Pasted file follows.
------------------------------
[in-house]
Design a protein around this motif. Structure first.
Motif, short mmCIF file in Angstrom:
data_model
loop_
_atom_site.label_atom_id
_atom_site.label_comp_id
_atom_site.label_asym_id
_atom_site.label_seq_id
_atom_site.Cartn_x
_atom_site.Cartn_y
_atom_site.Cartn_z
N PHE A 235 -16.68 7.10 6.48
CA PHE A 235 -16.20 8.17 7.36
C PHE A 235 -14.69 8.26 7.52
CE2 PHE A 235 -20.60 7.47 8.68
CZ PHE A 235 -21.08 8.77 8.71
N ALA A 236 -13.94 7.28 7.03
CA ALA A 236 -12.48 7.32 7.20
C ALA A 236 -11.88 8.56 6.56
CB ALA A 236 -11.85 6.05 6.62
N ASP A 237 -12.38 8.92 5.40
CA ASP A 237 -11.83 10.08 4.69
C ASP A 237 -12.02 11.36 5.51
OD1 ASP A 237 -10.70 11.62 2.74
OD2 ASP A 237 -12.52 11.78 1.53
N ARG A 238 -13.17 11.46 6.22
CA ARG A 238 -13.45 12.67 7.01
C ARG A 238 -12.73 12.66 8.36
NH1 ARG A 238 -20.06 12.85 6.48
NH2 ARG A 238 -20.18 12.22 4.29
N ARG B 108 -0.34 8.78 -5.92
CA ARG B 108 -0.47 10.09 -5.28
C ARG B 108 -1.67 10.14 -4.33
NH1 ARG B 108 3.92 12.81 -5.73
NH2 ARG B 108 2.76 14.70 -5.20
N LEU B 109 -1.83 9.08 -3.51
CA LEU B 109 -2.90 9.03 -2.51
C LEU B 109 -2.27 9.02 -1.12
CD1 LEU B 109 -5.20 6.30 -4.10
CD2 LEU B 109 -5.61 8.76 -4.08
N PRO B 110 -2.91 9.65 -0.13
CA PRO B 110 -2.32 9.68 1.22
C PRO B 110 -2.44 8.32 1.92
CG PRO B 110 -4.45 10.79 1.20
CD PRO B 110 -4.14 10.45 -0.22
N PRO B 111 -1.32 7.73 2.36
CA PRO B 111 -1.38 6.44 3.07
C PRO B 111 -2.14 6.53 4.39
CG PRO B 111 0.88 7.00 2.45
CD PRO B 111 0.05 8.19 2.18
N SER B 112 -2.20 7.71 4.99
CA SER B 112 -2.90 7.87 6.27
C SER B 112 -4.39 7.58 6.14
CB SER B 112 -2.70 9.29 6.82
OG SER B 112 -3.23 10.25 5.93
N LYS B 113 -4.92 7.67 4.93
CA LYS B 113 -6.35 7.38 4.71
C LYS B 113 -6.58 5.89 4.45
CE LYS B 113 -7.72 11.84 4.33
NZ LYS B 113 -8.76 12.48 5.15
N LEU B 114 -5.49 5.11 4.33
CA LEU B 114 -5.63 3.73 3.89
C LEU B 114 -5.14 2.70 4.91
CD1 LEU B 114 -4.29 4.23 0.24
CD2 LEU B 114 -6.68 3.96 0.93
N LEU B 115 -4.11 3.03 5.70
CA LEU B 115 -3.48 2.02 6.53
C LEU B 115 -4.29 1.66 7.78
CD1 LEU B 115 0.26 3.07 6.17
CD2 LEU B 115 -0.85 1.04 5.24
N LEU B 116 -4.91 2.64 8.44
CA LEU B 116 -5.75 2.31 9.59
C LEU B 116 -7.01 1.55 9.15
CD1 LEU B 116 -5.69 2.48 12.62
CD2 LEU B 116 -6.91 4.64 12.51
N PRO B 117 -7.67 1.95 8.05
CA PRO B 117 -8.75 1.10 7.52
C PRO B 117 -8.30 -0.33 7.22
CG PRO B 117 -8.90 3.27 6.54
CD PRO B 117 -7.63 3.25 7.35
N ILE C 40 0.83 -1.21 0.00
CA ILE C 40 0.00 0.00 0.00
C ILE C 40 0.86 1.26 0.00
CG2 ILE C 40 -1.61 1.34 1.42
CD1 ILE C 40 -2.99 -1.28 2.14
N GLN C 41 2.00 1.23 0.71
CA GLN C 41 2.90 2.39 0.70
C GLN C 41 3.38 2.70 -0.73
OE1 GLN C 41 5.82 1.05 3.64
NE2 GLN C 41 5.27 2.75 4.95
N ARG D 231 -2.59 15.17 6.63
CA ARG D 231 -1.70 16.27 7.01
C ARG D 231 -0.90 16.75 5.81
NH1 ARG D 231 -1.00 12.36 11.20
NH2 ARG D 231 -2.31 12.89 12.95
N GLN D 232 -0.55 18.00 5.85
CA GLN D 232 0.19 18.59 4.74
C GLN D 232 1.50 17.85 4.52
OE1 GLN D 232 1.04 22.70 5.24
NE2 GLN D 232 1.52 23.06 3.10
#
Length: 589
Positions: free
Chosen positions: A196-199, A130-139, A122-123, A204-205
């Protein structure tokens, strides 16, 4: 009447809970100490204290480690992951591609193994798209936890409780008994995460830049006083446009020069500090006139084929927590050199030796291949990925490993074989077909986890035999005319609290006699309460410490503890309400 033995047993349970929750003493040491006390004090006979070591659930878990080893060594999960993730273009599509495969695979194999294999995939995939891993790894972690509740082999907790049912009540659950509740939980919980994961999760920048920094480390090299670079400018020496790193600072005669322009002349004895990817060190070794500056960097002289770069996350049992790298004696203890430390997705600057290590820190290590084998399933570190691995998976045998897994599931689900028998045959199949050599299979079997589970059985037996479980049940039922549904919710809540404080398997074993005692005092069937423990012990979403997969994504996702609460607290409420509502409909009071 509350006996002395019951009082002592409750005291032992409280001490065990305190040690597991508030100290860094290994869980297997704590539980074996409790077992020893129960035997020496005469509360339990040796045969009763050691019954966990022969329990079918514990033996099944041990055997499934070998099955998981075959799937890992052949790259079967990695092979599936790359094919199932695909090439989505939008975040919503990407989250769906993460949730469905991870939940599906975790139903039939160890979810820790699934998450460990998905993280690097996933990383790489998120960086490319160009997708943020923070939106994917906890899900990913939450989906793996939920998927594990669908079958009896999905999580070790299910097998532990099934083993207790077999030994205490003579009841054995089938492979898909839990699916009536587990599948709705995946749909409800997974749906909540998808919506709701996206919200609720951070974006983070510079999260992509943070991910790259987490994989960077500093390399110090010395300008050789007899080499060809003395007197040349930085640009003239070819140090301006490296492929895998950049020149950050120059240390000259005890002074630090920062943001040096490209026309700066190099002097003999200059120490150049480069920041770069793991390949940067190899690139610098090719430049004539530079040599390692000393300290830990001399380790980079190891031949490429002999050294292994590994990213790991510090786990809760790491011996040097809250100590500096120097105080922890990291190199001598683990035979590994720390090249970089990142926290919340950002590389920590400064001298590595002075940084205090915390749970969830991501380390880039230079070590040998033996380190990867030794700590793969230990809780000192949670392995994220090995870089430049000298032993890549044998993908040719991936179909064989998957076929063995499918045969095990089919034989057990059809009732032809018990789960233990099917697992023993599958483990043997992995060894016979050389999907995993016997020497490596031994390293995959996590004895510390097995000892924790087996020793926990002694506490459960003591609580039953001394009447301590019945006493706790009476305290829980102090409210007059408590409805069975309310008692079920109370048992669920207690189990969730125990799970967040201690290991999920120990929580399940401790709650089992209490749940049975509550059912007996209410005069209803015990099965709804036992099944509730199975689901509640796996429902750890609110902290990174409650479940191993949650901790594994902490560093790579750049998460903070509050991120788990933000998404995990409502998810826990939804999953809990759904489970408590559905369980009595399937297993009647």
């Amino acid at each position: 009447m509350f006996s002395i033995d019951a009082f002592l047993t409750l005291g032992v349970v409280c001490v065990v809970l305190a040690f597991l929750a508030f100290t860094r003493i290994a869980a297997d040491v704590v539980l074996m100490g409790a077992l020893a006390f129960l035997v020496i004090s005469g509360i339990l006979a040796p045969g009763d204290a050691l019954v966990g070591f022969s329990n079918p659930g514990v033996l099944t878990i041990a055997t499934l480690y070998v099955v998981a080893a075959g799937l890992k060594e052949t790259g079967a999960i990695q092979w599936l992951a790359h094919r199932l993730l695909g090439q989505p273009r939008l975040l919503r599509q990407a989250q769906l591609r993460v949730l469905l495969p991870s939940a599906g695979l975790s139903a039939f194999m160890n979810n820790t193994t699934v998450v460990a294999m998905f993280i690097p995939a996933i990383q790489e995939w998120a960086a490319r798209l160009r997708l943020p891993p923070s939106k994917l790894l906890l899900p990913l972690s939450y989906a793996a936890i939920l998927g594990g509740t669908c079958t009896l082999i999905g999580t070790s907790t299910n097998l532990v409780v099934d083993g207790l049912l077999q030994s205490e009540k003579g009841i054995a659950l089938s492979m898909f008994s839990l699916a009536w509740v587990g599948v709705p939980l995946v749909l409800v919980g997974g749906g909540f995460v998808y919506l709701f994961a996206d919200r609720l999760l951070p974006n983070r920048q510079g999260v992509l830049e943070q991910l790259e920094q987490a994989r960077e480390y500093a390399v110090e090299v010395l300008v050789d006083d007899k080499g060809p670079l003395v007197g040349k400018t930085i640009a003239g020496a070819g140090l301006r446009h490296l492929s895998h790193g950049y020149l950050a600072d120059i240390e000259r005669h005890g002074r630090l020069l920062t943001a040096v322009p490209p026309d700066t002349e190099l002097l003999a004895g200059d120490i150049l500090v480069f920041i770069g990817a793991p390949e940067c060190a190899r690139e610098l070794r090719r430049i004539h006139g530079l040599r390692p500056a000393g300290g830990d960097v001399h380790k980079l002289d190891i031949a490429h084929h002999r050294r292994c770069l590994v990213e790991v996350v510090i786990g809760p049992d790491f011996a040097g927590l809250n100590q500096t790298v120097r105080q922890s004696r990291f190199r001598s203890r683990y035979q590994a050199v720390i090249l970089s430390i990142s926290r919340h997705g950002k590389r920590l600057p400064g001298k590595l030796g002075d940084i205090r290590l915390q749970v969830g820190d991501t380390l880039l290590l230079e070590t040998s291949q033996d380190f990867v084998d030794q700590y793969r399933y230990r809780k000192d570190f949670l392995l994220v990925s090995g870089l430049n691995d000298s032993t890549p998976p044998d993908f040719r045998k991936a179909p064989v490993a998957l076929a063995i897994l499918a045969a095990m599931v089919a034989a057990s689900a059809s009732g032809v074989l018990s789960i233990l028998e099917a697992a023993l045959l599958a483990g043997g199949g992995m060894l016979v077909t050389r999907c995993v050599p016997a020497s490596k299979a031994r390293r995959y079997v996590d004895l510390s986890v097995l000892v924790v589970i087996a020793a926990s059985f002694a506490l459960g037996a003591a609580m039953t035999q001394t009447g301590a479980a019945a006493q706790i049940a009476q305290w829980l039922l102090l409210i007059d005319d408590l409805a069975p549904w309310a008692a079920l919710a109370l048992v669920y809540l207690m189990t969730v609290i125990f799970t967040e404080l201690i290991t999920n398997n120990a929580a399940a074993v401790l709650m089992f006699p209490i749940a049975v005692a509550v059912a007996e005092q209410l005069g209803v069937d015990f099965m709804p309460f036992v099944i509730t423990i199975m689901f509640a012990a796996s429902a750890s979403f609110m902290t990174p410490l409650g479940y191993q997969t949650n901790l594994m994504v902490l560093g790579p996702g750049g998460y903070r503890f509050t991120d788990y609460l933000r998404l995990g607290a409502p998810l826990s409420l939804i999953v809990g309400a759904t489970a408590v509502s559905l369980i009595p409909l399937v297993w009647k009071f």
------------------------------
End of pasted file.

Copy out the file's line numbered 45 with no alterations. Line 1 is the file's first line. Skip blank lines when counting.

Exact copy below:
CG PRO B 110 -4.45 10.79 1.20